Nettles are a powerhouse of stuff we need after winter. The leaves contain both iron and vitamin C to aid iron absorption. There are other minerals such as calcium, potassium and silicic acid in addition to flavonoids, phenols and chlorophyll. The roots have lots of polysaccharides, several phenolic compounds, lecithin and sterols.
German studies in 1999 show nettles to have a strong anti-inflammatory action. The leaves are rich in histamine – which can help with allergies. Also they contain serotonin – another very valuable compound for positive being. For this reason nettle is a useful tonic and it can be prepared in several ways.
Nettle tea is good internally for rheumatic pains. As a mild diuretic nettles can help to eliminate sodium and urea from the body, hence easing rheumatic and arthritic complaints. Their high iron and vitamin C content can help with anaemia. Nettle tea also provides a relief from sunburn if applied cool to the afflicted skin. It also makes a cleansing and scalp stimulating hair rinse.
Nettles are also an astringent. As such, they are sometimes used to decrease unwanted prostrate growth. German research in ‘Planta Medica’ in 2000 observed that the root inhibited the growth of prostate tissue. However do not self-prescribe for prostrate enlargement (benign prostatic hyperplasia) – seek advice first as part of a medical or holistic treatment. Nettles as an astringent have also been used to help with removing blood in the urine and other ailments of the urinary tract, haemorrhoids and excessive menstrual flow.
As a tonic in beer, tea or soup they strengthen the whole body. The high salicic acid content in the plant can also help with eczema and the dried leaves make an easy poultice for some joint pains. Add the dried leaves to hot water to make a porridge that can be applied externally when cool enough. Flogging the affected part with nettles was once called ‘urtification’ and was used for rheumatic joints. A remedy with its own hypodermic needles built-in ! I quite enjoy being (slightly) stung by nettles when working in the garden.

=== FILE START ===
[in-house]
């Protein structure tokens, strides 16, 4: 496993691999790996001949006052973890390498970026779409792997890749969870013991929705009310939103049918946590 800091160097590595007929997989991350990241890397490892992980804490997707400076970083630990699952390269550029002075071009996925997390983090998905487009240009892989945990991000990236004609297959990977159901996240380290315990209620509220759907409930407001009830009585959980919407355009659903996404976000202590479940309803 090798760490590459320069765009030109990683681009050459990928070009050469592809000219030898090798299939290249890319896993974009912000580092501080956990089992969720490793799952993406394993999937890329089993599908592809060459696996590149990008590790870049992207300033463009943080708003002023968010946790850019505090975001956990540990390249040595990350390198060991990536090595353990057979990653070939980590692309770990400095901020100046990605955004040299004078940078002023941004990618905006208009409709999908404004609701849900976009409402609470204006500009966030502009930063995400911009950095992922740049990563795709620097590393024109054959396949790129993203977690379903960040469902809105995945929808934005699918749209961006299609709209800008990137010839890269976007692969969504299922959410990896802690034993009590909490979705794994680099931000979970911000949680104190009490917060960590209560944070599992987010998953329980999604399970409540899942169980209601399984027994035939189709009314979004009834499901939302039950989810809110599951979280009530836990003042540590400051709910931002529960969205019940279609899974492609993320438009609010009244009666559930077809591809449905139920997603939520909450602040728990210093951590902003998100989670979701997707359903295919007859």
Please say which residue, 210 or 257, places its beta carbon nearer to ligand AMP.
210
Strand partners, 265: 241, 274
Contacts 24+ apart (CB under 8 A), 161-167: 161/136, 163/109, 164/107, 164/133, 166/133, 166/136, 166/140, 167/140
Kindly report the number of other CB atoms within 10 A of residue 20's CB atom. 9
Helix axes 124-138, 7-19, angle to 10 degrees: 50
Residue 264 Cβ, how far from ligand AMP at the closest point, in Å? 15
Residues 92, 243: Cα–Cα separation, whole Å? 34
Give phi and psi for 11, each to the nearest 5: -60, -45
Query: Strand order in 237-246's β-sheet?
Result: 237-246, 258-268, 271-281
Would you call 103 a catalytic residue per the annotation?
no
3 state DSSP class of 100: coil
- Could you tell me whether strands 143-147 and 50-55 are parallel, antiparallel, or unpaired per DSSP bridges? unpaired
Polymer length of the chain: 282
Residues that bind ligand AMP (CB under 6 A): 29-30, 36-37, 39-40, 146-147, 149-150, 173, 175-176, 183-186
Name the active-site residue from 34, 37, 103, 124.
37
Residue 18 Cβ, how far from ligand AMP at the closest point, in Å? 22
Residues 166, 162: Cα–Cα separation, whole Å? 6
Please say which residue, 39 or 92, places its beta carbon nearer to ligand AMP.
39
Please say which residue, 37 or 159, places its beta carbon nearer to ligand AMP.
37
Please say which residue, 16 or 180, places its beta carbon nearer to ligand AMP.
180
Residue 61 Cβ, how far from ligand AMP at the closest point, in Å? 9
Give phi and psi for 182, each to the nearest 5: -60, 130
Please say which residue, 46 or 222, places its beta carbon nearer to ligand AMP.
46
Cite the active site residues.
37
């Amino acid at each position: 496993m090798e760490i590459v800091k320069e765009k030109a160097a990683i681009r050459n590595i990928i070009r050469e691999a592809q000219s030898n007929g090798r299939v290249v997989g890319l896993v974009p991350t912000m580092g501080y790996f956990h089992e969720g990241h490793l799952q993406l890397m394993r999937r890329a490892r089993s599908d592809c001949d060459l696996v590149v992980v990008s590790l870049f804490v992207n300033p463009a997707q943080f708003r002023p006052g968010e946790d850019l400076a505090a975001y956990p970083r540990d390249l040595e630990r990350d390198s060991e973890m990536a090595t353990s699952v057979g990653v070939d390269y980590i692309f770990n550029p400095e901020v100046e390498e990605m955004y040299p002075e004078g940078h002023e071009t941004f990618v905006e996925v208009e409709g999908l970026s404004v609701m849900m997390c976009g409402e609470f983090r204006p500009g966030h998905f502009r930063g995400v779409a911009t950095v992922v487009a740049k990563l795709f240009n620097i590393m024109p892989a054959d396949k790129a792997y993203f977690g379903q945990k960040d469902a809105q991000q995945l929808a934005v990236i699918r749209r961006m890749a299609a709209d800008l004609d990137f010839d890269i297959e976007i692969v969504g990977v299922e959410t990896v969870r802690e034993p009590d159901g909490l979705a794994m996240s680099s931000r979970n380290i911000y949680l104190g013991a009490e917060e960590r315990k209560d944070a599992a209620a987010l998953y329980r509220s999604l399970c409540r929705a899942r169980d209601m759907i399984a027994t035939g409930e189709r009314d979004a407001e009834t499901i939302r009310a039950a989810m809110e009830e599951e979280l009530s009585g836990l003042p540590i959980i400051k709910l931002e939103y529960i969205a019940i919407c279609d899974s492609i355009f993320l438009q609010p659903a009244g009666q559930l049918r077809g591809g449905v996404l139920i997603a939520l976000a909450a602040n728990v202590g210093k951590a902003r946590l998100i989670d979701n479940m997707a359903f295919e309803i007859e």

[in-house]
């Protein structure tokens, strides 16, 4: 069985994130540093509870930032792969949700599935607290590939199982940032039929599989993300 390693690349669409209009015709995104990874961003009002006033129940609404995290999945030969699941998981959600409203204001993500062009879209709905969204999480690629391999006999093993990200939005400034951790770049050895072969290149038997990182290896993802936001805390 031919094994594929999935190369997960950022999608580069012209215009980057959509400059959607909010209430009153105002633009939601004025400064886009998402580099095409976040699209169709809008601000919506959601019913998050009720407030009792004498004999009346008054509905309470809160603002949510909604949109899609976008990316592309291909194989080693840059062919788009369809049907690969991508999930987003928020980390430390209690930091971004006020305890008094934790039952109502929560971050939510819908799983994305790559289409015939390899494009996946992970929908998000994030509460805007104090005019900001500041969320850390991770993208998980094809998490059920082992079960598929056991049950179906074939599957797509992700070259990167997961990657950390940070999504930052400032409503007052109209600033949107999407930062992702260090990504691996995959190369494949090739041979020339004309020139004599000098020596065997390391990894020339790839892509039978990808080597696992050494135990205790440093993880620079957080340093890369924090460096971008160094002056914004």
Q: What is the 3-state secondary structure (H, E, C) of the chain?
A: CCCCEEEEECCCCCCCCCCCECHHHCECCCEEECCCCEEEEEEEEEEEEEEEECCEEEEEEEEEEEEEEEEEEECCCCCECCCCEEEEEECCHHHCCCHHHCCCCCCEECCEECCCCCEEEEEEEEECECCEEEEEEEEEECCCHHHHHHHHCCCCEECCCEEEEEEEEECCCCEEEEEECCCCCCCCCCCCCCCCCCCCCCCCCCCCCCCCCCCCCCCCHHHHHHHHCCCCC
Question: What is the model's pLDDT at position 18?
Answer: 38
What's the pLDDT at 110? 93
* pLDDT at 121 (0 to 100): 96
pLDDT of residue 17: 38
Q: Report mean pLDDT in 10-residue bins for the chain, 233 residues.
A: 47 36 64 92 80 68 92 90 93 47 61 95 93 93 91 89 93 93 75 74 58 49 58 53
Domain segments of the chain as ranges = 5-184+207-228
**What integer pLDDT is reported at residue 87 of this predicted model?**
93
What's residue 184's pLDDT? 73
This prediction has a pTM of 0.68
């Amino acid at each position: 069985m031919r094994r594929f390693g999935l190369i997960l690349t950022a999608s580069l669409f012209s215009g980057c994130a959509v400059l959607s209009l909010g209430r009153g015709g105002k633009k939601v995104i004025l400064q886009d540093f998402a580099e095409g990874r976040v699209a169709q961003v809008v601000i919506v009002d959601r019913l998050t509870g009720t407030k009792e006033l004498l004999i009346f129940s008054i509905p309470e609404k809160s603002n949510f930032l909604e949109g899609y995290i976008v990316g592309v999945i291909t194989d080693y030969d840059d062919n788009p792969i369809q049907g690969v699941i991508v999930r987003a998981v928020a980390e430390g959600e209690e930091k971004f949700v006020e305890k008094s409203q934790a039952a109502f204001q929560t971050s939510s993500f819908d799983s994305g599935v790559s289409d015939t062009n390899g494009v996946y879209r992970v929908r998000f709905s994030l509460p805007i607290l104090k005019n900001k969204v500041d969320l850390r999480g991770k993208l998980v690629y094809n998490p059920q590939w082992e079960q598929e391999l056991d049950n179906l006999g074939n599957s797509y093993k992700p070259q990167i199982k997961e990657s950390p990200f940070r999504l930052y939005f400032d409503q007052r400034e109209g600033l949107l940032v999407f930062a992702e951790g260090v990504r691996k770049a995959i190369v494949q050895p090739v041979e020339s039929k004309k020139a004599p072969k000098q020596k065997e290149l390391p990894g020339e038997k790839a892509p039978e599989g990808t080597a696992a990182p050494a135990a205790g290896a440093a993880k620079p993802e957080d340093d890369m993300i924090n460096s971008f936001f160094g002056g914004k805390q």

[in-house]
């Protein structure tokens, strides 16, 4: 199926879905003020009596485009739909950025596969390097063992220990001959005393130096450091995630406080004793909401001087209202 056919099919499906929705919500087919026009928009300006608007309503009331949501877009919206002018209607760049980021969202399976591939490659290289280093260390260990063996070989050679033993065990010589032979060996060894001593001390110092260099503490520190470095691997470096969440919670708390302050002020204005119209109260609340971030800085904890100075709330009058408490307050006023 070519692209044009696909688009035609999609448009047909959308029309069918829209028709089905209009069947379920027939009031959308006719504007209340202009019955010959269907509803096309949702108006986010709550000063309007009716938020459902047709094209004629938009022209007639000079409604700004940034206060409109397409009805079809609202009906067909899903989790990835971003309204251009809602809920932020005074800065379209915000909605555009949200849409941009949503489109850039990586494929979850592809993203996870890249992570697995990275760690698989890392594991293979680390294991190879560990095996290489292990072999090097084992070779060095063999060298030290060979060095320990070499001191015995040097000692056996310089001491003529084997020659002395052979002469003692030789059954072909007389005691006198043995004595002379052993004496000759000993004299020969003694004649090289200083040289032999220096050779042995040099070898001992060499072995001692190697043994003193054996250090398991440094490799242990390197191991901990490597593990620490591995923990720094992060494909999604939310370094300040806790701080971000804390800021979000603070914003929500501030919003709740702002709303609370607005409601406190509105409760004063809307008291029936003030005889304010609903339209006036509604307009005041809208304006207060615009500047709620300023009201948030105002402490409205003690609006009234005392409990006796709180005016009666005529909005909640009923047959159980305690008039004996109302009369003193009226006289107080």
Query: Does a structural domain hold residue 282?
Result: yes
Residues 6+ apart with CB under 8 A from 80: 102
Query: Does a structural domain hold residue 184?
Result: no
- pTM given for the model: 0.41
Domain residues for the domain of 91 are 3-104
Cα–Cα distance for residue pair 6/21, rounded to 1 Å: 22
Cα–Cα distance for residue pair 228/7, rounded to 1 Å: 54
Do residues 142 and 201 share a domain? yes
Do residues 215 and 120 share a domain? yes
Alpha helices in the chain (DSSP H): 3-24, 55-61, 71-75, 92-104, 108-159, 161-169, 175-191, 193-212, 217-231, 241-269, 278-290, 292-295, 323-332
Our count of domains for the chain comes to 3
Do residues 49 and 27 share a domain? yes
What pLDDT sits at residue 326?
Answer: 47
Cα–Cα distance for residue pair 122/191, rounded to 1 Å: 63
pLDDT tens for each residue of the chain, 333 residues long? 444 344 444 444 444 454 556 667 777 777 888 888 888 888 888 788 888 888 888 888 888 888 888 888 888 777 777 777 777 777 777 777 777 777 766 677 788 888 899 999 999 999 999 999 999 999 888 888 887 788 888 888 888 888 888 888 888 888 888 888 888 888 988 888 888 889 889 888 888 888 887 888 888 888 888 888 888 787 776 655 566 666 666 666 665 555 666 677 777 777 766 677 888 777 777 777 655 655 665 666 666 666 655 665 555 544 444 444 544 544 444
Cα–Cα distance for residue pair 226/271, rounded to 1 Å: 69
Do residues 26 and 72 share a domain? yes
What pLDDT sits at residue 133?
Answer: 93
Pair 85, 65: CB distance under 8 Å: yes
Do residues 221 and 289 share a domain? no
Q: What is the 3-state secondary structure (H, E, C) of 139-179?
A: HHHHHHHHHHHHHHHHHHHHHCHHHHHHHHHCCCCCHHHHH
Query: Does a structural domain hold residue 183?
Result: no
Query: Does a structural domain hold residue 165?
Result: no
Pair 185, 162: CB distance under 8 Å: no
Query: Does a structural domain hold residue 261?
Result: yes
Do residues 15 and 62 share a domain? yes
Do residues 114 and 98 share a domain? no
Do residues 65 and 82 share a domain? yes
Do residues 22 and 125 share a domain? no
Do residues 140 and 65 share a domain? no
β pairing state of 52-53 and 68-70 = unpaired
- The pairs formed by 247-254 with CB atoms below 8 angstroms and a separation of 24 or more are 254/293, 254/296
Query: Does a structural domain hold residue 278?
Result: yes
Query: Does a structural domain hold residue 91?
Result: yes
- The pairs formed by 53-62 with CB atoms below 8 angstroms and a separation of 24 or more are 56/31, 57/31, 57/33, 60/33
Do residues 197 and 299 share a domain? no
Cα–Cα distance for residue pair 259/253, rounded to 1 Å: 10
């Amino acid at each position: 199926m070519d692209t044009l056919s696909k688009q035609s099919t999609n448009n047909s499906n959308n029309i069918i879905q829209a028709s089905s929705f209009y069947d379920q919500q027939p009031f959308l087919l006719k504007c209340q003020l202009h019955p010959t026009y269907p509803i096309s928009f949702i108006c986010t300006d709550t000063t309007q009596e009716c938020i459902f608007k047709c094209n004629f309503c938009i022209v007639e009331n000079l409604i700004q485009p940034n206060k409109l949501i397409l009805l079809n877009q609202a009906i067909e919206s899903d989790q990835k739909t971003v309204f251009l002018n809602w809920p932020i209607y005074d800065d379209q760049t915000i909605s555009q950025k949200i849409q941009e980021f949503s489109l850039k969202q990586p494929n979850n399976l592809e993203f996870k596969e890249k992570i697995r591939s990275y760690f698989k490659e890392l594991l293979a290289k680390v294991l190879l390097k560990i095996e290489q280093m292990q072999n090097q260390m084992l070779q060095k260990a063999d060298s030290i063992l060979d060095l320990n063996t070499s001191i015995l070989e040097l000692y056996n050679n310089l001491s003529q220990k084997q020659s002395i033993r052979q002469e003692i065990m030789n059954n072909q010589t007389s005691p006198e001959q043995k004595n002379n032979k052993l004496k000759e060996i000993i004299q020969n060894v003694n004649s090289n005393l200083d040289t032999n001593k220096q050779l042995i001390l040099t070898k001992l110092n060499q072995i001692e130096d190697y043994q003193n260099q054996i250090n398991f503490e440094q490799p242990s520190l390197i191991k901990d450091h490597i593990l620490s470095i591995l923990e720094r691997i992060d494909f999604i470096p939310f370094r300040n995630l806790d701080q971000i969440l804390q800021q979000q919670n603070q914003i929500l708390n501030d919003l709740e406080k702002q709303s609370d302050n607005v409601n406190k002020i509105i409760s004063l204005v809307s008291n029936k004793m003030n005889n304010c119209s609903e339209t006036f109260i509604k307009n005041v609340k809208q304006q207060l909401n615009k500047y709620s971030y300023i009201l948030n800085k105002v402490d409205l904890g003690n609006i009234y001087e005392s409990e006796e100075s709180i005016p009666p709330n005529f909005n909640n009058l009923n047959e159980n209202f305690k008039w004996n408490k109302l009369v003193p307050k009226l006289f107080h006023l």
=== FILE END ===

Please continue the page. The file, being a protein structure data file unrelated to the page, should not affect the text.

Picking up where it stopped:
Hildegarde of Bingen in her Treatise on Physic recommends eating the young shoots of nettle as a tonic:
“Nettle is very hot in its own way. It is not at all good eaten raw, because of its harshness. But, when it newly sprouts from the ground, it is good when cooked, as food for a human. It purges his stomach and takes mucus away from it. Any kind of nettle does this.”
She also suggested preparations of nettle, to cure internal worms in humans, internal discomfort in horses, and even as a treatment for senility:
“And, a person who is unwillingly forgetful should pound stinging nettle to a juice, and add a bit of olive oil. When he goes to bed, he should thoroughly anoint his chest and temples with it. If he does this often, forgetfulness will diminish.”
The seeds of the nettle plant were once considered to have aphrodisiac qualities.
Gerard claims Nettles as a remedy against hemlock, bad mushrooms, quicksilver and Henbane, also against the bites of serpents and scorpions. An oil made from the leaves will take away the sting that “itself maketh”.
In all nettles are a most underrated plant. Their association with a ‘poverty diet’ has caused their use to decline. I predict a return to popularity of this most useful and nutritious plant.
Cautions : Apart from the obvious stinging sensation (other varieties of this plant can be extremely vicious), please do not eat old leaves as they can produce kidney damage if the needles do not break down. Internal use of nettles can cause skin rashes if taken over a long period, so just take it for two weeks out of three. Nettles can also cause gastric inflammation in some cases so watch out for this. Avoid nettle treatments altogether if taking medication for diabetes, high or low blood pressure or to depress the central nervous system. Do not take nettles if pregnant or breastfeeding. Although nettle juice has been used to increase lactation in nursing, fennel is probably a more useful herb for this as it doesn’t have the possibility of gastric irritation.